Telecommunications In Korea Essay Research Paper INTRODUCTIONTelecommunications — страница 4

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intervals and switched in turn by the time division switching system so that many calls are multiplexed by the same switch. Digital exchanges are cheaper to install and maintain than analog exchanges particularly in the larger sizes. Among the advantages of digital switching are its compatibility with computers and potential cost and space savings when operated in conjunction with digital transmission systems (Lee 27). The links carrying calls between exchanges may be symmetrical pair cable, quad cable, coaxial cable, optical fiber cabled. The choice of medium depends upon bandwidth or traffic volumes to be carried, the distance and terrain to be covered, the performance required, the distribution of the traffic and the cost. Interexchange transmission system in the past were

analog but are now being superseded by digital systems. Technological developments are reducing cost and improving the quality of service. Optical fiber cable is particularly suited for high capacity routes, leaving longer distances between repeaters, further reducing cost and increasing reliability. Optical fiber cable will be replacing coaxial and quad cable systems as the preferred medium. Microwave systems are particularly suitable for medium and high capacity routes in inhospitable terrain. Coaxial or optical fiber submarine cable is also an economic choice in numerous cases for long distance or international transmission. There are many advantages of digital switching and transmission. Such a network carries data traffic as easily as voice traffic and therefore is used by

many types of service. The result is economies of scale and resilience when traffic on particular services peaks. The computers within exchanges monitor and control the behavior of the network as a whole system and open up new capabilities and techniques of operation. The flexibility of digital systems also simplifies the physical design of networks so that the limitations on serving large areas from a single exchange are reduced. KTA hopes to digitalize all phone lines by the year 2005. CHAPTER 2: Media One specific industry that was directly in the reigns of the Korean government was the media. The communications media in South Korea was under the dictatorial governmental press control. This changed in 1987. A major historical Declaration released the media from this tight

hold. Future Korean President, Roh Tae Woo, would make the 29 June Declaration explicitly calling for “freedom of the press” (Won 215). With the abolition of regulations that previously limited the number of regional newspapers to one to a province, a large number of newspapers were reopened or newly founded. Religious bodies and other corporations began broadcasting on new radio channels. Now people could express their opinions and publicize topics which were once prohibited by the government. There was also a dramatic increase in the number of periodicals on the market. In addition, with the lifting of the de facto prohibition against the establishment of new newspaper, three general-interest daily newspapers, Hankyoreh Shinmun, Segue Ilbo, and Kookmin Ilbo, began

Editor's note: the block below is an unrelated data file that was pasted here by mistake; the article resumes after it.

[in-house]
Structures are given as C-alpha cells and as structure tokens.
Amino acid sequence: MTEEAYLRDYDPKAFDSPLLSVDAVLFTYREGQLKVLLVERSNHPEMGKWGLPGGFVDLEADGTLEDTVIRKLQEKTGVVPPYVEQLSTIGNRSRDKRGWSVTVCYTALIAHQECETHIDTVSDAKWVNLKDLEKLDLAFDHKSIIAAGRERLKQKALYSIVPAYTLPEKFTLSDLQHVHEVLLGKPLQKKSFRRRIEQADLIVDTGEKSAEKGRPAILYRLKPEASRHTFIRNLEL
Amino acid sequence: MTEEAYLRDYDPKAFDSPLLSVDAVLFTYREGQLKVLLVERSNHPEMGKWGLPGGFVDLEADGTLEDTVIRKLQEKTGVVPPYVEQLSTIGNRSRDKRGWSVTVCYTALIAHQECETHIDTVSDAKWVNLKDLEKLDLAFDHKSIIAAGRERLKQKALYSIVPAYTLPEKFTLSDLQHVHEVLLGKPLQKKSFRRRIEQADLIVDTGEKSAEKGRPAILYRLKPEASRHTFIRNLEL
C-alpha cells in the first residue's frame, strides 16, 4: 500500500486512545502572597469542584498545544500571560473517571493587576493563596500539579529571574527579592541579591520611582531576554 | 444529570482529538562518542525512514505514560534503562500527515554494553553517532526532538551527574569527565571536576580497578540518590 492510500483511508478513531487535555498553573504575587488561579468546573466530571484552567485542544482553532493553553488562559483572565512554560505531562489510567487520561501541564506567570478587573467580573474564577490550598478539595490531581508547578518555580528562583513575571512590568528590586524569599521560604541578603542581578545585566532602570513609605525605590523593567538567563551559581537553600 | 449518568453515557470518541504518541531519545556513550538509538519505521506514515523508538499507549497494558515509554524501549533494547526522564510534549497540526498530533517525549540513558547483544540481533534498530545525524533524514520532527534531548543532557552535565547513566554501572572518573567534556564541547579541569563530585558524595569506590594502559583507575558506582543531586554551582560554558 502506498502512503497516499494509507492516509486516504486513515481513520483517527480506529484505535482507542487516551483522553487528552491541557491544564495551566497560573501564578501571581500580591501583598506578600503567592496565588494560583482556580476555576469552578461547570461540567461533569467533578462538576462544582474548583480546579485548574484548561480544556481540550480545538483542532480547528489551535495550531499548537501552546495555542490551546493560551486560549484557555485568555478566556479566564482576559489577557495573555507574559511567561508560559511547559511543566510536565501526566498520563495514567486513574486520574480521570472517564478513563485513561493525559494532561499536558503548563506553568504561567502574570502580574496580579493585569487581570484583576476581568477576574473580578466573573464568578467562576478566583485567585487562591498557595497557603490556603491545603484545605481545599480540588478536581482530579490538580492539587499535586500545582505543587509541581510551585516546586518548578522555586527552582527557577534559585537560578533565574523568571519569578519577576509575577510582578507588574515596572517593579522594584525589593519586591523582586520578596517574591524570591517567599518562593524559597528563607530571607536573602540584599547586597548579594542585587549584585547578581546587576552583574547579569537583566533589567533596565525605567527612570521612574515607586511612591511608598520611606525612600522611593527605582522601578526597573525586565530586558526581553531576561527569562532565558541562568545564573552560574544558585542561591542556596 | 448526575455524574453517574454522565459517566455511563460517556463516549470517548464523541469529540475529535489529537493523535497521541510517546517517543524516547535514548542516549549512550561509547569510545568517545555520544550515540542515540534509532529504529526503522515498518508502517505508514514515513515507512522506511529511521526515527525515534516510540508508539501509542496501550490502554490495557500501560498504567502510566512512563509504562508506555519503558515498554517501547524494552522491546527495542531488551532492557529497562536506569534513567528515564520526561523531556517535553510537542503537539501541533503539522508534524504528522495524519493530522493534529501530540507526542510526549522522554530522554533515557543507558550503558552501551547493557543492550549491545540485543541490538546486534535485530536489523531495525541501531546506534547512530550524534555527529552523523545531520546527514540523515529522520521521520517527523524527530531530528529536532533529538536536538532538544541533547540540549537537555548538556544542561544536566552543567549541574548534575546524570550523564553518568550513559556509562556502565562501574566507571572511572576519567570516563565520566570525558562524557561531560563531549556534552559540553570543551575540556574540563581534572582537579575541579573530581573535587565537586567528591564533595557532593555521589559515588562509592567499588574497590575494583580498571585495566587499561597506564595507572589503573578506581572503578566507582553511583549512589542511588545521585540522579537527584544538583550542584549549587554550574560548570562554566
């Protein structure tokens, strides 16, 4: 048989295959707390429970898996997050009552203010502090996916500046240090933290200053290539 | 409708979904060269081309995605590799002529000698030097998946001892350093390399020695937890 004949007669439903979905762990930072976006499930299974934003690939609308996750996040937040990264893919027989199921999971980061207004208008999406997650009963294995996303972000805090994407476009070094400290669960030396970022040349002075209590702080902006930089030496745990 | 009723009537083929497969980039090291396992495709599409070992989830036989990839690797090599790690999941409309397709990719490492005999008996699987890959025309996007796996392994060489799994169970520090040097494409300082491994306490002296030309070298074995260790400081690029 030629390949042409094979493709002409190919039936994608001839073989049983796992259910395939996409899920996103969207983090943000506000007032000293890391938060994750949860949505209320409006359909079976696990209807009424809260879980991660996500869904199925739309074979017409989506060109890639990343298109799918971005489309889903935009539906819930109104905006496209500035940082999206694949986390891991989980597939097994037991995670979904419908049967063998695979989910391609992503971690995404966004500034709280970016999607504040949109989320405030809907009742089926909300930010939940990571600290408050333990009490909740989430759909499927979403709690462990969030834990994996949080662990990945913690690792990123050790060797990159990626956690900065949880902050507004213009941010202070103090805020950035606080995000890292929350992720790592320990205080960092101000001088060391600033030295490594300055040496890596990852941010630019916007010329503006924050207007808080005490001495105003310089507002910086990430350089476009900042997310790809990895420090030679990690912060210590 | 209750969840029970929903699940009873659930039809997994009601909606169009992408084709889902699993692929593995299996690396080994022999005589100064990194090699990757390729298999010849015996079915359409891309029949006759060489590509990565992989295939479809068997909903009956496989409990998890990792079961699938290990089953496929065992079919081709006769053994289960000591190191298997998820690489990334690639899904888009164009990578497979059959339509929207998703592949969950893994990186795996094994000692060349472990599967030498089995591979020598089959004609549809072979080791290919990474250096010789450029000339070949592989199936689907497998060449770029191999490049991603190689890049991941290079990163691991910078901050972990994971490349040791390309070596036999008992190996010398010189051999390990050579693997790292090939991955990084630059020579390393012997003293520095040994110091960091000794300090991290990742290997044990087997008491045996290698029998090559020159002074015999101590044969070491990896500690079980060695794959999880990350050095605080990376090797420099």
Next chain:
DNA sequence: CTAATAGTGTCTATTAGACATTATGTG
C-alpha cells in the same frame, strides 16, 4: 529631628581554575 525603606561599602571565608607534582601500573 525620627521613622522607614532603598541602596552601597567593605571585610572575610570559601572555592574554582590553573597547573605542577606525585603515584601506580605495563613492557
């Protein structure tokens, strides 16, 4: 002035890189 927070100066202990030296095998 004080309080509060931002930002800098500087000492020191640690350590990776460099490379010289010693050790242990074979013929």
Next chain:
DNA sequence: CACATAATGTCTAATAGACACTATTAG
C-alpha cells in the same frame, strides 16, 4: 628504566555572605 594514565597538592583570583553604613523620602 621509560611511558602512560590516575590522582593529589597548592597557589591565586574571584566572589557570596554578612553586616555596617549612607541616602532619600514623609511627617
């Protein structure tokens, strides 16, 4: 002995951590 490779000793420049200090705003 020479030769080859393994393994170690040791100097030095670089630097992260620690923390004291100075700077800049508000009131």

publication in Seoul with nationwide distribution. The effect of the June 29, 1987 Declaration can be seen by the skyrocketing of media sources. Whereas Korea had only 30 national and regional newspapers being published at the time Roe Tae Woo made his famous 1987 liberalization declaration, by the end of 1989, this number had more than doubled to 68. The number of periodicals published daily, weekly, monthly, bimonthly or quarterly increased from 2,241 prior liberalization to 3,441 in December 1988. Another 109 periodicals were registered with the government in January 1989 (Won 217). Furthermore, information Ministry figures for December 1989 show that Korea had 4,400 periodicals, including 68 dailies, two news services and 819 weeklies (Won 217). Another important result of

this 1987 Declaration was its repeal of the Basic Press Law, the government policy which created hierarchy and multiple regulations for the press. The Basic Press Law, effective in January 1981, contained a number of measures that facilitated the government’s control of media. This law contained a number of harmful provisions allowing the government to confiscate media material, such as newspapers and magazines, and which strictly defined the responsibility of the media. In addition, it enabled the government to close a publication in instances where a publication engaged in activity that went against its stated purpose of publication or disturbed the public order by inciting violence or other means (Won 218). Publications could also be closed down if they were found